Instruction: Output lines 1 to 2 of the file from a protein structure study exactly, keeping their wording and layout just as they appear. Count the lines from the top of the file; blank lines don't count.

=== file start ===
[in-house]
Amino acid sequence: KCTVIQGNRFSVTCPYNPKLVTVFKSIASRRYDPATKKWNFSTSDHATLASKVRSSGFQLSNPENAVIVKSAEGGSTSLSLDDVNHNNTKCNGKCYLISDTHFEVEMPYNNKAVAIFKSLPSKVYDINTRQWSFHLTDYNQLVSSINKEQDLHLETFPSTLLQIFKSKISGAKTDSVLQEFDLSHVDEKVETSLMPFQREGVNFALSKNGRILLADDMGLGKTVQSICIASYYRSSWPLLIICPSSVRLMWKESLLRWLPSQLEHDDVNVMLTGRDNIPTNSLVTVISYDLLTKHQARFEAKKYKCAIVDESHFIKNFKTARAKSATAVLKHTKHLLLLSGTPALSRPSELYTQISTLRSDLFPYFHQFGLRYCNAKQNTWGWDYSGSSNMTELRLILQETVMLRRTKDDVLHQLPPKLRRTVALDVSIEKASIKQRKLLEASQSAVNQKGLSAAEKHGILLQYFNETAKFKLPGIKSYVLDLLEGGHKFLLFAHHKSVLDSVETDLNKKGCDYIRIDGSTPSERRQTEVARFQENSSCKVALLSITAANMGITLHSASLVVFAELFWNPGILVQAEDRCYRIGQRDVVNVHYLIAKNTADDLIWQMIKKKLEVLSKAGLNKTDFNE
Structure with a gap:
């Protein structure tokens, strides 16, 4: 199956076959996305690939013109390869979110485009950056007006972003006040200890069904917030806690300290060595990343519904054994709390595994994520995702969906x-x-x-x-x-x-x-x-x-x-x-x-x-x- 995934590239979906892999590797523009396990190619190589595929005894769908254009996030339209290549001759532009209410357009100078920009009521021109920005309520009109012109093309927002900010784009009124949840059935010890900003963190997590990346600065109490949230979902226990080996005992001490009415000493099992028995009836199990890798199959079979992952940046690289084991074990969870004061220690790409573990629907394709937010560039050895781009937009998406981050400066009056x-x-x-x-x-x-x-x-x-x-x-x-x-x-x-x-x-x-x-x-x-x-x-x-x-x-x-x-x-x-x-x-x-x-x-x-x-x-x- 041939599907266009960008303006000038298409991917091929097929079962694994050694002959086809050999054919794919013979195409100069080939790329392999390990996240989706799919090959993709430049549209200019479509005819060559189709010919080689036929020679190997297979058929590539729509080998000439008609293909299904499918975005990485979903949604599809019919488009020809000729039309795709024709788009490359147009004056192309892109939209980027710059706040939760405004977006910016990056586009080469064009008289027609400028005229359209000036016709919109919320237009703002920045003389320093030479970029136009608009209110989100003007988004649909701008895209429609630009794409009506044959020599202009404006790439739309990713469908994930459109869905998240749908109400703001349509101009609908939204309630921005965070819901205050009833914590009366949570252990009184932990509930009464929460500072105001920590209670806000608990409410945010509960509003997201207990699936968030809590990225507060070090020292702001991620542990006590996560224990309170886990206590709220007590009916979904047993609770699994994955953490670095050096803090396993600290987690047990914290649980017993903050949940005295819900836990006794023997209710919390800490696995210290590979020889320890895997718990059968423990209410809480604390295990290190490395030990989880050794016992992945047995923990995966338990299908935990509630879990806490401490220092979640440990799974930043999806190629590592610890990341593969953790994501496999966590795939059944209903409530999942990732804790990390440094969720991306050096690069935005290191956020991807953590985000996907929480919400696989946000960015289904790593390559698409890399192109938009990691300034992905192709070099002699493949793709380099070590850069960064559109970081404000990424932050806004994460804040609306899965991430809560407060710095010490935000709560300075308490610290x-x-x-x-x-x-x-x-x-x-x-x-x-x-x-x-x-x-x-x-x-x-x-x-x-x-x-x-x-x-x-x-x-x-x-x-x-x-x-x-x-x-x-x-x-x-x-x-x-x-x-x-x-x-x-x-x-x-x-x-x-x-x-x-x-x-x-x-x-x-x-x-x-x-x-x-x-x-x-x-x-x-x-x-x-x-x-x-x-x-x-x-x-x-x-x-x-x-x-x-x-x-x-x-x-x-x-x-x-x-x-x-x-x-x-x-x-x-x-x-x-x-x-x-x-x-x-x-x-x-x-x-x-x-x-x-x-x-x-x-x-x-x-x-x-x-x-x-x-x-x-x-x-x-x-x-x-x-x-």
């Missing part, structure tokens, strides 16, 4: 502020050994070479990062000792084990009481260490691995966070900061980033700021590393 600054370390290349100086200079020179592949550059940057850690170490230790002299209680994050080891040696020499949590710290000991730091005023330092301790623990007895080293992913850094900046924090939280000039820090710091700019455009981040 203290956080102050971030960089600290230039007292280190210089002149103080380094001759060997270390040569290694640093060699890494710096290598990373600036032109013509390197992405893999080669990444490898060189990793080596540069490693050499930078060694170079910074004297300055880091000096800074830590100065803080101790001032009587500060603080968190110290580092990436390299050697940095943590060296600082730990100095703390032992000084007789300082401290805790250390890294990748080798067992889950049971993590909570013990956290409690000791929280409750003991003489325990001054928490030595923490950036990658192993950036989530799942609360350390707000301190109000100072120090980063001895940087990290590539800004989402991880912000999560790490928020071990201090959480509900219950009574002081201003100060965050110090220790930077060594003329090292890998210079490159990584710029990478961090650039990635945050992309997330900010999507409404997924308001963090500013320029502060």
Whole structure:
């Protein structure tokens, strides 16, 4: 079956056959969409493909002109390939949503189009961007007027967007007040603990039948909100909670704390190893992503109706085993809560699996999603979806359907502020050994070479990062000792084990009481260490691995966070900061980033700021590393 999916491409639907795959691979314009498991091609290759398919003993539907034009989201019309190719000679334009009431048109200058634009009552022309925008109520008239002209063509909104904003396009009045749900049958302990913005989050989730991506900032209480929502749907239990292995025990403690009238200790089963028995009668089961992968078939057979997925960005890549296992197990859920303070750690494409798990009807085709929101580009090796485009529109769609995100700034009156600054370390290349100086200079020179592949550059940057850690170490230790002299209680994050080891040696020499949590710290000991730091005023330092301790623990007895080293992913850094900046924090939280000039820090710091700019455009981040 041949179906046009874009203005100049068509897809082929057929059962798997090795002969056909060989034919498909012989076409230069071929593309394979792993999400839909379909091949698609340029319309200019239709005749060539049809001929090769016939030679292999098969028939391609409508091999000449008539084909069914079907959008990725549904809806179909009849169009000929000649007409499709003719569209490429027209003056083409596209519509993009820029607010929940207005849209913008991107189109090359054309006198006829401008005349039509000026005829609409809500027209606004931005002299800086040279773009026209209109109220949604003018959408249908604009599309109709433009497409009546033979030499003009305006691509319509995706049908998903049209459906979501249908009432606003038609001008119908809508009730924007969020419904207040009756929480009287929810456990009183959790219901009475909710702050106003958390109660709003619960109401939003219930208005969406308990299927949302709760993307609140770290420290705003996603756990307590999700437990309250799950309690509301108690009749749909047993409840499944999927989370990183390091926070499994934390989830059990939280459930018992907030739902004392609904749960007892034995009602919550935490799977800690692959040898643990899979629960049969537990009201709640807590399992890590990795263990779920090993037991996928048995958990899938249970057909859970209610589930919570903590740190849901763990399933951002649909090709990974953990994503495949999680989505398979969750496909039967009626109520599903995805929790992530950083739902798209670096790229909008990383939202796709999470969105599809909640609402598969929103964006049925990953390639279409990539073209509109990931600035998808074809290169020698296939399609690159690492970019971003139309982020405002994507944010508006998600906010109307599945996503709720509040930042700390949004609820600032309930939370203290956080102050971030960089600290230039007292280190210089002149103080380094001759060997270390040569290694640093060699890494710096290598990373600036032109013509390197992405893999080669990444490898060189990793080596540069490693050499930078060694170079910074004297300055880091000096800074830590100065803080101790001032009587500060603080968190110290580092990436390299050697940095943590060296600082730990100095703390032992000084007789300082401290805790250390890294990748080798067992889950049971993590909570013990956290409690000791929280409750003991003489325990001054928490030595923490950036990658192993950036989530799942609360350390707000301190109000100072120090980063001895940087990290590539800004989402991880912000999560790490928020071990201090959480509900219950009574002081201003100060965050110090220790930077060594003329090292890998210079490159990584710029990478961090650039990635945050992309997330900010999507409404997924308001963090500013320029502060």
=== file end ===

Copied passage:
[in-house]
Amino acid sequence: KCTVIQGNRFSVTCPYNPKLVTVFKSIASRRYDPATKKWNFSTSDHATLASKVRSSGFQLSNPENAVIVKSAEGGSTSLSLDDVNHNNTKCNGKCYLISDTHFEVEMPYNNKAVAIFKSLPSKVYDINTRQWSFHLTDYNQLVSSINKEQDLHLETFPSTLLQIFKSKISGAKTDSVLQEFDLSHVDEKVETSLMPFQREGVNFALSKNGRILLADDMGLGKTVQSICIASYYRSSWPLLIICPSSVRLMWKESLLRWLPSQLEHDDVNVMLTGRDNIPTNSLVTVISYDLLTKHQARFEAKKYKCAIVDESHFIKNFKTARAKSATAVLKHTKHLLLLSGTPALSRPSELYTQISTLRSDLFPYFHQFGLRYCNAKQNTWGWDYSGSSNMTELRLILQETVMLRRTKDDVLHQLPPKLRRTVALDVSIEKASIKQRKLLEASQSAVNQKGLSAAEKHGILLQYFNETAKFKLPGIKSYVLDLLEGGHKFLLFAHHKSVLDSVETDLNKKGCDYIRIDGSTPSERRQTEVARFQENSSCKVALLSITAANMGITLHSASLVVFAELFWNPGILVQAEDRCYRIGQRDVVNVHYLIAKNTADDLIWQMIKKKLEVLSKAGLNKTDFNE